This image of Grace Adler (Debra Messing) – and sometimes Bobbi Adler (Debbie Reynolds) – kept popping up as I sped my way through Daphne du Maurier’s My Cousin Rachel.
Probably not something one sees in the same sentence often.
Argh there were so many moments when I just wanted to shake him up, wake him up to the realities so blindingly obvious to everyone, especially the reader. And then you know, do the ‘told you’ song and dance.
But of course he knew it all. In hindsight that is. He tells the reader so in the first chapter.
I suppose I should start at the beginning.
“We were dreamers, both of us, unpractical, reserved, full of great theories never put to test, and, like all dreamers, asleep to the waking world. Disliking our fellow men, we craved affection; but shyness kept impulse dormant until the heart was touched. When that happened the heavens opened, and we felt, the pair of us, that we had the whole wealth of the universe to give.”
Philip Ashley, orphaned at a young age, has been brought up by his older cousin Ambrose. The two of them are so close, that Philip has become like him:
“Well, it was what I always wanted. To be like him. To have his height, his shoulders, his way of stooping, even his long arms, his rather clumsy-looking hands, his sudden smile, his shyness at first meeting with a stranger, his dislike of fuss, of ceremony.”
Philip is heir to the estate as Ambrose is single and childless. And Du Maurier is careful to set up the household as a rather masculine one, devoid of feminine charms.
So it is to everyone’s surprise that Ambrose, on a tour of Italy, meets Cousin Rachel, a distant relative born and brought up in Italy and now a widow with “a load of debts and a great empty villa”. But as she is a “sensible woman and good company”, Ambrose writes that they are spending plenty of time together. And some months later tells Philip that they are married.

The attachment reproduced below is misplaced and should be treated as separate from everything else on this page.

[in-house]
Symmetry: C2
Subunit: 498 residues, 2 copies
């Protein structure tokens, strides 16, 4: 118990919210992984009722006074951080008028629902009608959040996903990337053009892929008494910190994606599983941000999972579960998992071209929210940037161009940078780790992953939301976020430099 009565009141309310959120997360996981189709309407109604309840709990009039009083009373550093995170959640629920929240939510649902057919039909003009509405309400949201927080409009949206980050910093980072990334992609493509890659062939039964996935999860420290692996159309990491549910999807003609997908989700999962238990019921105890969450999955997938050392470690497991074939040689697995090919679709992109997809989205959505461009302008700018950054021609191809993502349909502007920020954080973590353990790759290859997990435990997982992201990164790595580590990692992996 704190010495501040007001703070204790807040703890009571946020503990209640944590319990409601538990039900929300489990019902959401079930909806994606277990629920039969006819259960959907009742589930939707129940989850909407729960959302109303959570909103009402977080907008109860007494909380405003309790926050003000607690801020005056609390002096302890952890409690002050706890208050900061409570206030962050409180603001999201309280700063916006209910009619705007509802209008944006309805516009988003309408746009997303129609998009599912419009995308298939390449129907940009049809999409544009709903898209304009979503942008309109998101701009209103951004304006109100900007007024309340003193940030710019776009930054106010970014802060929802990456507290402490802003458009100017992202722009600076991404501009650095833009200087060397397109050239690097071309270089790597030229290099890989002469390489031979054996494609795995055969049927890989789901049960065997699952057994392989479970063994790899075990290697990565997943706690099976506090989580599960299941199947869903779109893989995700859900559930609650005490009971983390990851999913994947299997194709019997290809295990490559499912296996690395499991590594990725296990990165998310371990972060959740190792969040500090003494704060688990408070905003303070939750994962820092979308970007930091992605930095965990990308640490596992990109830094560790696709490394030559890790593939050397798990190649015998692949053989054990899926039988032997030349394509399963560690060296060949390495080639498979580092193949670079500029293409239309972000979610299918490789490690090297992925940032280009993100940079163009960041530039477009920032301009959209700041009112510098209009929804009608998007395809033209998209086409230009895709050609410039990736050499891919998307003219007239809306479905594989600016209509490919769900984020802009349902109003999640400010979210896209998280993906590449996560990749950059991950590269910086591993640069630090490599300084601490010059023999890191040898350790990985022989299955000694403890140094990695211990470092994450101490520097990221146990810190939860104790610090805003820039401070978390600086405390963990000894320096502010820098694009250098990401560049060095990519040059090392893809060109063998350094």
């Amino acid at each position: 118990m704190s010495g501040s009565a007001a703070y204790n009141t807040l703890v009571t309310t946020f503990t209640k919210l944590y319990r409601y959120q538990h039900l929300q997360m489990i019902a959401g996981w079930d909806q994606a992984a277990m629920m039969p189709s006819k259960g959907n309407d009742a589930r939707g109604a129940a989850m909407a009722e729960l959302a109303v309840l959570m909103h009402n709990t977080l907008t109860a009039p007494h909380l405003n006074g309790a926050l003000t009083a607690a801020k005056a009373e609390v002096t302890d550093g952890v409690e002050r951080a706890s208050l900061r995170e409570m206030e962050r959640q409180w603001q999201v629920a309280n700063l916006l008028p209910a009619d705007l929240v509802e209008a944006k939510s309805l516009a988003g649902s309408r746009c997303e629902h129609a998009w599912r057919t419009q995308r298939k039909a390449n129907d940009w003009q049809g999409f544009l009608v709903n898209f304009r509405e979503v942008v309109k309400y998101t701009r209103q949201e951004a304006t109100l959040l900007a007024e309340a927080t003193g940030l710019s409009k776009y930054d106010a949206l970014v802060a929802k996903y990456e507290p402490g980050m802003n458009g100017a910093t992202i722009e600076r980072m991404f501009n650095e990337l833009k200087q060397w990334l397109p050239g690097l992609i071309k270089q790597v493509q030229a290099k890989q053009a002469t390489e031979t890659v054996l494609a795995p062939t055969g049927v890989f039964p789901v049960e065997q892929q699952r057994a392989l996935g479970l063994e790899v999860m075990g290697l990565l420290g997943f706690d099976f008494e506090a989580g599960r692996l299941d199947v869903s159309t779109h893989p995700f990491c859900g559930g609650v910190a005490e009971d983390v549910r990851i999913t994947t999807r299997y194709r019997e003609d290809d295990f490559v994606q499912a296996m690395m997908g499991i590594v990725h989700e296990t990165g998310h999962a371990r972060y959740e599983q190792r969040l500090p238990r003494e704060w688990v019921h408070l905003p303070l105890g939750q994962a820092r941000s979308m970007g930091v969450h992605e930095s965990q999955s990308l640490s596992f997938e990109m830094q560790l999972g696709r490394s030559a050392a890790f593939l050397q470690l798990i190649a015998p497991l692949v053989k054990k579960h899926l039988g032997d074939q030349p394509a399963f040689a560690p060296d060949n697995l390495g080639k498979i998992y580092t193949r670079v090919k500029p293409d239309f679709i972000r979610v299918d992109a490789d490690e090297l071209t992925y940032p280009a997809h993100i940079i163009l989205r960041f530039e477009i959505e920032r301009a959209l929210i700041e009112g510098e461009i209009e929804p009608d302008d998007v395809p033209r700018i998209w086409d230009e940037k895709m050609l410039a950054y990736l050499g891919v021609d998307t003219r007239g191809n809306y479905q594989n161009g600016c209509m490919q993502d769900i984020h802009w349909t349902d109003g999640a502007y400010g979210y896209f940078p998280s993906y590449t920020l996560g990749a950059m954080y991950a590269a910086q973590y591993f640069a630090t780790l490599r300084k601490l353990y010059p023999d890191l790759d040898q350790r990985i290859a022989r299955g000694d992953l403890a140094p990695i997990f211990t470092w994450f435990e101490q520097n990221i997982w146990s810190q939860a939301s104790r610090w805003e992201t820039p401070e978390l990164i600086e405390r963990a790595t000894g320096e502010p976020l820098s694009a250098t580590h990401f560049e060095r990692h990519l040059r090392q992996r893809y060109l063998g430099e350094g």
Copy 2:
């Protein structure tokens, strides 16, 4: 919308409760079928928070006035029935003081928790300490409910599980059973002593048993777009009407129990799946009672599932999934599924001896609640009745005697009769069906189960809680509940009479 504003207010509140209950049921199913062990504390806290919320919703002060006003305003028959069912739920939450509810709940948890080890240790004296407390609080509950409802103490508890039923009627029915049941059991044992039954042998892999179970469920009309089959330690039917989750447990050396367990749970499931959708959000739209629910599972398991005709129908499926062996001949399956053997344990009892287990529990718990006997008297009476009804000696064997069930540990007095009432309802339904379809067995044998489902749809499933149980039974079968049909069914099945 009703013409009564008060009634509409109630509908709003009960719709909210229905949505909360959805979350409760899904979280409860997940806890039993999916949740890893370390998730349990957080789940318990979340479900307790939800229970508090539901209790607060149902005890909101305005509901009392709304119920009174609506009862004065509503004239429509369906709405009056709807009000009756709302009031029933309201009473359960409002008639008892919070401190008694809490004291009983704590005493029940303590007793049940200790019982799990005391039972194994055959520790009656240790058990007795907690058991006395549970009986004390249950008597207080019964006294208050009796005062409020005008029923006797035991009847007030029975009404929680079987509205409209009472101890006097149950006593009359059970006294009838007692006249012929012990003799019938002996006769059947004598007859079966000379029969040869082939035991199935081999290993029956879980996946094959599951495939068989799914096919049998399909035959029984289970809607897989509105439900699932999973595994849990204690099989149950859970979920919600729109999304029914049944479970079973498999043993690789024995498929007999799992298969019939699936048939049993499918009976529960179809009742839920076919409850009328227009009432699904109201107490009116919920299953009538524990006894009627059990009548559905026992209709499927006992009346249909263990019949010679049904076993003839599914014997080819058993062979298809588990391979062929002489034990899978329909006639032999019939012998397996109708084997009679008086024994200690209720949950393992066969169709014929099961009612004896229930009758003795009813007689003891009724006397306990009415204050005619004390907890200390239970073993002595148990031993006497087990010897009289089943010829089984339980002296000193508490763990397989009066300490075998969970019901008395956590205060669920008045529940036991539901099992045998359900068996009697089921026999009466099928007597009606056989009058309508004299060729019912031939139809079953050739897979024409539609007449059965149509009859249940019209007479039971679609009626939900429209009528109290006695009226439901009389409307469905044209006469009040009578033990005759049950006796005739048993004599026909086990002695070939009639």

Philip is rather horrified at the thought, feeling more alone than ever before. And pretty much resolves to detest Cousin Rachel: “One moment middle-aged and forceful, the next simpering and younger than Louise, my cousin Rachel had a dozen personalities or more, and each one more hateful than the last.”
But the tone of Ambrose’s letters change. They become strained and suspicious. And worried Philip heads to Italy to find the truth. And there he learns that his dearest Ambrose is dead, of a brain tumor, according to Rachel’s doctors.
He returns home, now master of the estate. And learns that Cousin Rachel is headed to his very shores. He is still determined to hate her, and continues to build up this villain, this ogre in his mind. But they meet and he does not know what to make of this diminutive, charming woman who threads her way into his life, his household.
I would like to say more but I think the rest of it is perhaps best discovered on your own, as I had a wonderful time doing so myself. I pretty much spent wee reader’s nap time racing my way through the second half of this book. This book just kept me wondering, what next? And there was also plenty of: ‘nooooooo! Don’t do that!’ and ‘Are you crazy?’
So it was frustrating.
Not that it was a difficult read, but because I felt so invested in the story, in the characters (perhaps I felt for this motherless youth, for his naivety?), that I just was so exasperated by what seemed like all the wrong decisions.
And du Maurier leaves us at the end, still wondering. Was Cousin Rachel really that diabolical? Or were they all just victims of rather unfortunate circumstances?
I can’t help but compare My Cousin Rachel to Sarah Waters’ The Little Stranger. Both having similar situations – ownership of a manor, tangled relationships, webs of deceit. For me, My Cousin Rachel was a better read, perhaps because I did not despise the narrator (Philip) as much as The Little Stranger‘s Dr Faraday. And in both books, the reader is left hanging. There are conclusions of a sort, but plenty of questions left unanswered. But in the case of My Cousin Rachel, I found myself turning back to the front of the book and starting the first chapter over. And then finding all these hints and clues that Du Maurier had dropped along the way. I think I would have reread this all over again, except for the fact that it was due back at the library… perhaps this just means I need my own copy?
This is my third read for RIP VII